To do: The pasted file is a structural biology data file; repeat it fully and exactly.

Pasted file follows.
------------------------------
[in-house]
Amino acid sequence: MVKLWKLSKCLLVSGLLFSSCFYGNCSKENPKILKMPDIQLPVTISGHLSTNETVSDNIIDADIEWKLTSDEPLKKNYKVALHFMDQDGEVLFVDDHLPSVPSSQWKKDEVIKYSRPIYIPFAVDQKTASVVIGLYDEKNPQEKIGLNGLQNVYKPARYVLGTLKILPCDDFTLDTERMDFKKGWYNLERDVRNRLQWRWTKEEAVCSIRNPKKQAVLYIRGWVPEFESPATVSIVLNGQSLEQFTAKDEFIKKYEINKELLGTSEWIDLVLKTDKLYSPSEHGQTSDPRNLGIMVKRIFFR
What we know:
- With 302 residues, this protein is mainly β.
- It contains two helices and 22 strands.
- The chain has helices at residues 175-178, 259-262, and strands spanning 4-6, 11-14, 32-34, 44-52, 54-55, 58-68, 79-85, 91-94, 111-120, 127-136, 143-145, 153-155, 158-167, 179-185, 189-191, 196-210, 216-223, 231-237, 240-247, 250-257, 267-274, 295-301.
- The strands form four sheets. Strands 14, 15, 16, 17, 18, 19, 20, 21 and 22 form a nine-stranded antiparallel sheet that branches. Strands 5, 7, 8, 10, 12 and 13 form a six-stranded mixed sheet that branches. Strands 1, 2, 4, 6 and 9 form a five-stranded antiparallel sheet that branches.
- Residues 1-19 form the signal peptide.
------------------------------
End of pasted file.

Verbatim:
[in-house]
Amino acid sequence: MVKLWKLSKCLLVSGLLFSSCFYGNCSKENPKILKMPDIQLPVTISGHLSTNETVSDNIIDADIEWKLTSDEPLKKNYKVALHFMDQDGEVLFVDDHLPSVPSSQWKKDEVIKYSRPIYIPFAVDQKTASVVIGLYDEKNPQEKIGLNGLQNVYKPARYVLGTLKILPCDDFTLDTERMDFKKGWYNLERDVRNRLQWRWTKEEAVCSIRNPKKQAVLYIRGWVPEFESPATVSIVLNGQSLEQFTAKDEFIKKYEINKELLGTSEWIDLVLKTDKLYSPSEHGQTSDPRNLGIMVKRIFFR
What we know:
- With 302 residues, this protein is mainly β.
- It contains two helices and 22 strands.
- The chain has helices at residues 175-178, 259-262, and strands spanning 4-6, 11-14, 32-34, 44-52, 54-55, 58-68, 79-85, 91-94, 111-120, 127-136, 143-145, 153-155, 158-167, 179-185, 189-191, 196-210, 216-223, 231-237, 240-247, 250-257, 267-274, 295-301.
- The strands form four sheets. Strands 14, 15, 16, 17, 18, 19, 20, 21 and 22 form a nine-stranded antiparallel sheet that branches. Strands 5, 7, 8, 10, 12 and 13 form a six-stranded mixed sheet that branches. Strands 1, 2, 4, 6 and 9 form a five-stranded antiparallel sheet that branches.
- Residues 1-19 form the signal peptide.